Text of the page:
Since the identification of the regulatory T-cell (Treg)-associated transcription factor Foxp3, there have been intensive research efforts to understand its biology and roles in maintaining immune homeostasis. It is well established that thymic selection of a repertoire of self-reactive Foxp3+ T-cells provides an essential mechanism to minimise reactions to self-antigens in the periphery, and thus aid in the prevention of autoimmunity. It is clear from both genetic and immunological analyses of juvenile idiopathic arthritis (JIA) patients that T-cells have a strong role to play in both the initiation and propagation of disease. The current paradigm is to view autoimmunity as a consequence of an imbalance between inflammatory and immunoregulatory mechanisms. This view has led to the assigning of cells and inflammatory mediators to different classes based on their assumed pro- or anti-inflammatory roles. This is typically reported as ratios of effector T-cells to Treg cells. Problematically, many analyses are based on static ‘snapshots-in-time’, even though both mouse models and human patient studies have highlighted the dynamic nature of Foxp3+ T-cells in vivo, which can exhibit plasticity and time-dependent functional states. In this review, we discuss the role of Foxp3 dynamics in the control of T-cell responses in childhood arthritis, by reviewing evidence in humans and relevant mouse models of inflammatory disease. Whilst the cellular dynamics of Treg have been well evaluated, leading to standard data outputs such as frequency, quantity and quality (often assessed by in vitro suppressive capacity), we discuss how recent insights into the molecular dynamics of Foxp3 transcription and its posttranslational control may open up tantalising new avenues for immunotherapies to treat autoimmune arthritis.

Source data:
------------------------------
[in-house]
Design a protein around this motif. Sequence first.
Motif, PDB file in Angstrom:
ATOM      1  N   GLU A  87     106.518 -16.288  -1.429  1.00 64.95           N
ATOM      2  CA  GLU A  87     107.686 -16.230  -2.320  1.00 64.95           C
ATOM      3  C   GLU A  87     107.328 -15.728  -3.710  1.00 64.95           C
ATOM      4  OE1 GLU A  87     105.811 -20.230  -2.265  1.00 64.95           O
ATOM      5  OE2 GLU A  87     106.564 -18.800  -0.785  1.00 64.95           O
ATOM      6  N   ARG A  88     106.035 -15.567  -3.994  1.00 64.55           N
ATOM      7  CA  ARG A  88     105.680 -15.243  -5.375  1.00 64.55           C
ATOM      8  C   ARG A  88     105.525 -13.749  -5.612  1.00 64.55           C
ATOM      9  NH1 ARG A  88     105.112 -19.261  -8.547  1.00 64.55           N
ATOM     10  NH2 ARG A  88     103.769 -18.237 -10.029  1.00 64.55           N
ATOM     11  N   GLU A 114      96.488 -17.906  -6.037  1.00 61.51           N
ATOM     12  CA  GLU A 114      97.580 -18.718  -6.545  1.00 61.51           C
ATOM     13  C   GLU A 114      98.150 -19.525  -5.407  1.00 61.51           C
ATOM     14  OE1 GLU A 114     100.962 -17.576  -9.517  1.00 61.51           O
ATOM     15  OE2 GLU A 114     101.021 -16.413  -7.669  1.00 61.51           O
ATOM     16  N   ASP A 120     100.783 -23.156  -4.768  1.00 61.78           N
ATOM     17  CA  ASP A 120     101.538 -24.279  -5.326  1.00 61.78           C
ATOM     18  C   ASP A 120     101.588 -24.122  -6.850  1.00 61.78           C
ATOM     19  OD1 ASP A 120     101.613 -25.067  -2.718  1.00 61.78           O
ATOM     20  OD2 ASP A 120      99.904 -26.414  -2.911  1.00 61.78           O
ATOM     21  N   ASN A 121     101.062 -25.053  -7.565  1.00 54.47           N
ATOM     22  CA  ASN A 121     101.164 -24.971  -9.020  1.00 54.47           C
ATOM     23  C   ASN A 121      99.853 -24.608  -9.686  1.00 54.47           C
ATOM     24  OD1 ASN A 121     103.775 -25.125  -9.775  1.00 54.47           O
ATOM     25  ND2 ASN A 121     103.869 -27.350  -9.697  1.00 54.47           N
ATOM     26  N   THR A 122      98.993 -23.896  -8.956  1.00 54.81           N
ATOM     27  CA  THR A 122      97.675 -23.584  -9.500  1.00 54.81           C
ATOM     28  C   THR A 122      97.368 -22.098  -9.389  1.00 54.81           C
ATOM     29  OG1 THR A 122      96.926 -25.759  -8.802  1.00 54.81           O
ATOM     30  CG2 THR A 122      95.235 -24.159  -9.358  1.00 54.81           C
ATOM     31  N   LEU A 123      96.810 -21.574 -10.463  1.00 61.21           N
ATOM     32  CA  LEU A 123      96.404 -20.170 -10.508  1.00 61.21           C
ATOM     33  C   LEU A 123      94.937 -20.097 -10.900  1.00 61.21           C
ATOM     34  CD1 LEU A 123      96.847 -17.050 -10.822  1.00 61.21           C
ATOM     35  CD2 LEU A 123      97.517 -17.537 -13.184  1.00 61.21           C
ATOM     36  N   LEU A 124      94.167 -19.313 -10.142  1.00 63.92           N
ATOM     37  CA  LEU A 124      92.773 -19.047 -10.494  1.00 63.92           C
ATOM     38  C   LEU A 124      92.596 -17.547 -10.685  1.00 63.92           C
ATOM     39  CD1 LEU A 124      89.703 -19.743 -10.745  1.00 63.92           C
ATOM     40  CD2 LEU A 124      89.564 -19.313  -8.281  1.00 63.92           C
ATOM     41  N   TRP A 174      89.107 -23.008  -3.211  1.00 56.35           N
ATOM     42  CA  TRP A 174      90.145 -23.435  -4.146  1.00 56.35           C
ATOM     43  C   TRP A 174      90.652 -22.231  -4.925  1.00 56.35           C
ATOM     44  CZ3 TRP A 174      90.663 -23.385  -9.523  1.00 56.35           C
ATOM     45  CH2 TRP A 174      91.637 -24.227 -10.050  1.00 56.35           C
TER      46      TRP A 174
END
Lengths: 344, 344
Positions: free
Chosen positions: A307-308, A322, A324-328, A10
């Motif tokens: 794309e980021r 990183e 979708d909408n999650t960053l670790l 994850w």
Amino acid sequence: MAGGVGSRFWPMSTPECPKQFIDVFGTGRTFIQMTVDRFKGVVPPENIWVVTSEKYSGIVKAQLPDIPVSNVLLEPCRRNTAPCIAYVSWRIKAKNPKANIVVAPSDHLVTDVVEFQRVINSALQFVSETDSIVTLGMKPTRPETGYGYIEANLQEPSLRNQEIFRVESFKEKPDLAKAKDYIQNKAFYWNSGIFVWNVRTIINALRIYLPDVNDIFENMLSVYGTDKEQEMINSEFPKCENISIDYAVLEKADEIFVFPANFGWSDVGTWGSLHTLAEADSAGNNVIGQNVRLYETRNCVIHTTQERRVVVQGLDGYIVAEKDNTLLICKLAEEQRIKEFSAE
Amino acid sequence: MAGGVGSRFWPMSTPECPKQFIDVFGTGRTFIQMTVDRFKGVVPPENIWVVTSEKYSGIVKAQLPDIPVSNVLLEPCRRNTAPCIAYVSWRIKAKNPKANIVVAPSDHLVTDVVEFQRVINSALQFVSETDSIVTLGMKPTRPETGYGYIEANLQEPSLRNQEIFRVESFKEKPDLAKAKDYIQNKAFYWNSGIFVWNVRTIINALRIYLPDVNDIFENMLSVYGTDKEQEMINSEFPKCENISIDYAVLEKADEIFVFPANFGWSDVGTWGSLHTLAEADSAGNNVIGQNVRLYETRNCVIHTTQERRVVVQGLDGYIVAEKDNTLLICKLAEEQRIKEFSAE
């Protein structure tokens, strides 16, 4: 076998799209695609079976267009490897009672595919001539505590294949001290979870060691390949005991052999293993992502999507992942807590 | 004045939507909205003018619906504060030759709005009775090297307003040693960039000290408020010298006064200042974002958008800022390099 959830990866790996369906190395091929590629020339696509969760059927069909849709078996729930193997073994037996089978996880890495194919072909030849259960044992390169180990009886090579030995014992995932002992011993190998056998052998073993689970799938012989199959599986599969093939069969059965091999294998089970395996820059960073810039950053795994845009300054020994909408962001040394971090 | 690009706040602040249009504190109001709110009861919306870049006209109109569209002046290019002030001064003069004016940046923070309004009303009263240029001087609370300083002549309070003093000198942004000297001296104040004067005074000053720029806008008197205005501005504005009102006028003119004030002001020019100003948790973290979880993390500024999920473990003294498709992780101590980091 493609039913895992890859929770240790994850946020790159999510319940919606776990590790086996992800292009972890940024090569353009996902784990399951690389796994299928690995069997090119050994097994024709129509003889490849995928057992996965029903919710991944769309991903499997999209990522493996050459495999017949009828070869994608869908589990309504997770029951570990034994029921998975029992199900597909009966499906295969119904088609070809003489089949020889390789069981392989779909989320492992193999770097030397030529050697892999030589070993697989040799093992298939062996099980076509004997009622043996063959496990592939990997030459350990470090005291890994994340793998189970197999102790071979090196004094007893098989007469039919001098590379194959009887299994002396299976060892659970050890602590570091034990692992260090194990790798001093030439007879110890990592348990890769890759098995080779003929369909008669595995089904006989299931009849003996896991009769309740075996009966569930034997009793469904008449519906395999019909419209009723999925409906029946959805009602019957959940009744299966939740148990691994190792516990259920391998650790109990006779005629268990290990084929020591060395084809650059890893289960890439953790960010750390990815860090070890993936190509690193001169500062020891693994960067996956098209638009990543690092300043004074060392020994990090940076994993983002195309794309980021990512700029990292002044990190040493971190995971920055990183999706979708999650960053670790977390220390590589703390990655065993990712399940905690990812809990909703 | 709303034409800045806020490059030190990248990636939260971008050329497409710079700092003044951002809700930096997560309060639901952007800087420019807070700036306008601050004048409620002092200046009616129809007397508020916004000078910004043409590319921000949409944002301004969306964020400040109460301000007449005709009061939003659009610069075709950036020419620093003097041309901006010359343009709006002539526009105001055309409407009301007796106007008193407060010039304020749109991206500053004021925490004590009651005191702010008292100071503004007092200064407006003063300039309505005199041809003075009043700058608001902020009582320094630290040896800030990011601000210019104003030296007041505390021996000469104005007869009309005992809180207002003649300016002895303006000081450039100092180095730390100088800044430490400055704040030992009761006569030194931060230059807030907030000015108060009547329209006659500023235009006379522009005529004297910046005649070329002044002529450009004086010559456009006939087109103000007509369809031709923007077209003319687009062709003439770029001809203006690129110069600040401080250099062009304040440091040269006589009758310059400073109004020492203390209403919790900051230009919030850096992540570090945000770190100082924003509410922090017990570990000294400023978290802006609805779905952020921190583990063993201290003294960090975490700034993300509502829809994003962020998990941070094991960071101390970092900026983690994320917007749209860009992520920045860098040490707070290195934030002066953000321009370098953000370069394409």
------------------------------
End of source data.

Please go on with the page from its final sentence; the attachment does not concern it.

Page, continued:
- juvenile idiopathic arthritis (JIA)
- transcriptional dynamics